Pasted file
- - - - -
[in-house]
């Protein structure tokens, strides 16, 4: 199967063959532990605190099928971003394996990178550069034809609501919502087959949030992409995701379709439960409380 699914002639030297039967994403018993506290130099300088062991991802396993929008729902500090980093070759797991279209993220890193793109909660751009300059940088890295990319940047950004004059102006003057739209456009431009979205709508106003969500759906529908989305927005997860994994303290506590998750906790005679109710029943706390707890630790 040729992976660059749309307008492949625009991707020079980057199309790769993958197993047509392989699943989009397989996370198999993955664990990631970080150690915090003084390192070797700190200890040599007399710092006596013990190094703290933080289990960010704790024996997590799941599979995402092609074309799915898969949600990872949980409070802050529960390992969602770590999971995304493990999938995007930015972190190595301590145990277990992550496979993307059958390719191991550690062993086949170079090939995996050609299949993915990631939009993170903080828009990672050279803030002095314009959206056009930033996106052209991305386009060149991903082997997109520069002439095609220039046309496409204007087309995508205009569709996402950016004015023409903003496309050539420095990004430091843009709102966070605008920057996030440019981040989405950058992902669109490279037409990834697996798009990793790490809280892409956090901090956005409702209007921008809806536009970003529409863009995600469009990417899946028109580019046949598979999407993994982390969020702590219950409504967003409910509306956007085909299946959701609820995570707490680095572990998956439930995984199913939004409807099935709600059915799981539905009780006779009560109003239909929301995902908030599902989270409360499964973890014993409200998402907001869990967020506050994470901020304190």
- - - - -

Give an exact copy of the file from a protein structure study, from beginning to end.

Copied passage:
[in-house]
């Protein structure tokens, strides 16, 4: 199967063959532990605190099928971003394996990178550069034809609501919502087959949030992409995701379709439960409380 699914002639030297039967994403018993506290130099300088062991991802396993929008729902500090980093070759797991279209993220890193793109909660751009300059940088890295990319940047950004004059102006003057739209456009431009979205709508106003969500759906529908989305927005997860994994303290506590998750906790005679109710029943706390707890630790 040729992976660059749309307008492949625009991707020079980057199309790769993958197993047509392989699943989009397989996370198999993955664990990631970080150690915090003084390192070797700190200890040599007399710092006596013990190094703290933080289990960010704790024996997590799941599979995402092609074309799915898969949600990872949980409070802050529960390992969602770590999971995304493990999938995007930015972190190595301590145990277990992550496979993307059958390719191991550690062993086949170079090939995996050609299949993915990631939009993170903080828009990672050279803030002095314009959206056009930033996106052209991305386009060149991903082997997109520069002439095609220039046309496409204007087309995508205009569709996402950016004015023409903003496309050539420095990004430091843009709102966070605008920057996030440019981040989405950058992902669109490279037409990834697996798009990793790490809280892409956090901090956005409702209007921008809806536009970003529409863009995600469009990417899946028109580019046949598979999407993994982390969020702590219950409504967003409910509306956007085909299946959701609820995570707490680095572990998956439930995984199913939004409807099935709600059915799981539905009780006779009560109003239909929301995902908030599902989270409360499964973890014993409200998402907001869990967020506050994470901020304190």